British sports journalist Matt Lawton of The Times has criticised the UK media's unwillingness to sufficiently cover the story of Daniel Kinahan and his involvement in boxing.
Joining OTB Sports on Wednesday's OTB AM, Lawton nevertheless warned that leading UK broadcasters are concerned about Kinahan's presence ahead of a prospective bout between Anthony Joshua and Tyson Fury.
"This has caused absolute panic," he remarked. "They are not saying very much at the moment, but I am told that behind the scenes there are serious concerns about this because of the way it looks.
"When it comes to bidding for the rights for [the Fury vs Joshua] fight and other fights, there is a very obvious risk now that however many millions they're willing to pay, some of the money could be going to a suspected Irish crime boss.
"Ethically, particularly for a broadcaster like the BBC, that is a big problem."
Tyson Fury and Anthony Joshua have typically had their fights aired on BT Sport and Sky Sports respectively in the UK and Republic of Ireland. Furthermore, the BBC typically carry radio commentary when both British boxers across 5 Live.
In what would likely become one of the most financially significant events in British sporting history, Lawton believes that there are concerns on the home front regarding the broadcast of Fury vs Joshua due to Kinahan's presence.
"What I envisage is happening at the moment is that you've got lawyers, boardrooms full of board members, reputational damage consultants all debating what the hell they do with this situation," he suggested.
"Now, I think what they're all rather hoping is that the authorities are able to accelerate a process that does seem inevitable in that he is brought back to Ireland and faces some kind of legal process.
"While that is not happening, there is this very awkward situation - awkward is an under-statement - and [to paraphrase Northern Irish MP Stephen Farry] 'broadcasters need to think very carefully before they give any legitimacy to a fight involving Daniel Kinahan.'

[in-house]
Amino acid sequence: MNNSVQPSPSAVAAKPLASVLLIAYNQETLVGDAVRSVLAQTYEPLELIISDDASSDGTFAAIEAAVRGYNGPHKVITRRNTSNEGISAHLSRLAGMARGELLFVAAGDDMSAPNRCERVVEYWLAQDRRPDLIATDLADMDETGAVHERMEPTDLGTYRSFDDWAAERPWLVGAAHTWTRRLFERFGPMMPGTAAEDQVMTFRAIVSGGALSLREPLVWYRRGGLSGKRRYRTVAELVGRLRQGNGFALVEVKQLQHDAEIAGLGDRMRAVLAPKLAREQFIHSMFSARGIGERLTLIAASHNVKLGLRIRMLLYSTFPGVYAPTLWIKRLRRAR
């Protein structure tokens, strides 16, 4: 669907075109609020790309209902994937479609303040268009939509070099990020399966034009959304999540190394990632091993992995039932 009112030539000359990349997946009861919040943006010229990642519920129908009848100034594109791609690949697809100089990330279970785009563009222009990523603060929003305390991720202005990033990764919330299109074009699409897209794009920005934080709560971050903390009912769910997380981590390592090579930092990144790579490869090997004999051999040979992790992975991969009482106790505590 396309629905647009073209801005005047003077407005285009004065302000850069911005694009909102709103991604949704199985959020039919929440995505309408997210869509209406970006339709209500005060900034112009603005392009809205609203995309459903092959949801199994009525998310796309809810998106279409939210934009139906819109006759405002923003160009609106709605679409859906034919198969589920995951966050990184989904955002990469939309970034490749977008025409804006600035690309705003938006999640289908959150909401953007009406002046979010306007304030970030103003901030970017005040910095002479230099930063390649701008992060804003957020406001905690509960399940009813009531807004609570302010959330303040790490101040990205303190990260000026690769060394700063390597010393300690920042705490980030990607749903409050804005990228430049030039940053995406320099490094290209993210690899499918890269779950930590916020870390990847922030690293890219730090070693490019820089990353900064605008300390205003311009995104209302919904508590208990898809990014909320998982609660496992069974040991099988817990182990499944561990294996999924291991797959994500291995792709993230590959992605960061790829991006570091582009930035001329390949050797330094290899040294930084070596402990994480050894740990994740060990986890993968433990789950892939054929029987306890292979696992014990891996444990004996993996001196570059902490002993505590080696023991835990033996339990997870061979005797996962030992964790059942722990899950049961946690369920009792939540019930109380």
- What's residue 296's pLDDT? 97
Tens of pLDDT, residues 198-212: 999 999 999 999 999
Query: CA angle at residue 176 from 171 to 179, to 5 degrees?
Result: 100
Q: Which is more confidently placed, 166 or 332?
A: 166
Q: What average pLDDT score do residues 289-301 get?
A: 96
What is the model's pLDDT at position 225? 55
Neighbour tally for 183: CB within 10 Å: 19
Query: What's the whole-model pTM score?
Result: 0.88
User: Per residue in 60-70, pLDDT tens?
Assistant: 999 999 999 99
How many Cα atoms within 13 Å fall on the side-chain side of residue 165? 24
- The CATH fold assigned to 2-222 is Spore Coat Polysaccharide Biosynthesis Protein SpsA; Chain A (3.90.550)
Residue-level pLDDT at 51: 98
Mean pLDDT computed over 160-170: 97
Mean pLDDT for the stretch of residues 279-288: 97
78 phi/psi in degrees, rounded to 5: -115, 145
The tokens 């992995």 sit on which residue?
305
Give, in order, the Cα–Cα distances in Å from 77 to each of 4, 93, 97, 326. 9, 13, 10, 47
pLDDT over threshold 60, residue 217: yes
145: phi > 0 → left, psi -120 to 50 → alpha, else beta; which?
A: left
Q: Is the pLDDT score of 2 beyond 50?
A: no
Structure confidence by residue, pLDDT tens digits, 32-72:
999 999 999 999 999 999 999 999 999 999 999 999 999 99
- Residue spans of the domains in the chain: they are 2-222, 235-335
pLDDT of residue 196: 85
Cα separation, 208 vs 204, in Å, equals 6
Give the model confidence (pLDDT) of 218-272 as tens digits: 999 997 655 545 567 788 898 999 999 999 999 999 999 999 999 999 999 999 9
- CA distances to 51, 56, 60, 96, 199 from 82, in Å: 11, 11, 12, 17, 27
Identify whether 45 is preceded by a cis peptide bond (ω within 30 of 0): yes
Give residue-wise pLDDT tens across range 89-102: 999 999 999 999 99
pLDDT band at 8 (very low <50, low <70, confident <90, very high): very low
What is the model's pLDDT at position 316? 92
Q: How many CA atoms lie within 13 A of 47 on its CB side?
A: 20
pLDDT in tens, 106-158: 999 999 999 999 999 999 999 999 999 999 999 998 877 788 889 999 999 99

"At the moment, when it comes to the crunch they can possibly still hide behind the fact that he has not received any convictions and he's not facing trial. I think that's a pretty woolly excuse."
Named by an Irish High Court judge as the leader of the Kinahan organised crime group in 2018, the Dublin native has no convictions to his name and denies any involvement in organised crime.
Following reports that BBC journalists involved with the Panorama documentary detailing Kinahan's influence in boxing had received "credible threats" after Boxing and the Mob aired last week, Kinahan denied that he had had any involvement in this during his talkSPORT statement.
In that statement he corroborated claims made in the documentary that he was involved in boxing, explaining that he was 'doing all I can to give fight fans around the world the fights they want.'
"I read the papers every morning and I realised that The Times were the only newspaper that carried the story," Lawton noted of the limited British media response to Kinahan's statement. "I was slightly taken aback by that because I thought this statement was extremely significant.
"I'm a great believer in solidarity among journalists and supporting other people's work... but I'm really struggling with that side of it now because I think that this is the most important story at the moment.
"You're talking about the biggest fight in British sporting history, one of the biggest events in world sporting history and there is suddenly this element to it: a suspected Irish gangster, threats to journalists - this is big, important stuff and my heart sank yesterday.
"I can't understand the thought process that lead to [sports editors in the UK] thinking that this isn't news, because it is what we should be here for."
Amid the general decision to overlook this story in the sports pages of British newspapers, Lawton singled out boxing journalists in the UK for their failure to engage with Kinahan's involvement in the sport.
"I think some of the boxing journalists who cover boxing in this country have known about Kinahan for a long time," he claimed, "and they've turned a blind eye to it.
"I find that sad because if I'd been a boxing correspondent and I'd have been aware of this story, I'd have been straight on the phone to the office asking to write thousands of words, speaking to my colleagues in Ireland to see what they could tell me about this guy who is in boxing and seems to have a great influence.
"It alarms me that it took Tyson Fury's tweet to actually activate coverage in the UK."
Although Lawton asserted that the issue of Kinahan's involvement is not likely to go away entirely, he admitted that the reaction within the British media thus far does not inspire him with confidence.
"If you are one of those reputational damage consultants," he hypothesised, "you would have been delighted with the newspaper coverage yesterday. 'Look, there's only one paper that even cares about this - I think we can ride this out.'
"The other papers are covering the cricket, football and rugby and there's not a line about it. To be fair to the Daily Mail they did run a story online shortly after the statement went out, but I think we have a duty to keep the pressure on."
You can watch back Matt Lawton discussing Daniel Kinahan and the UK reaction in full here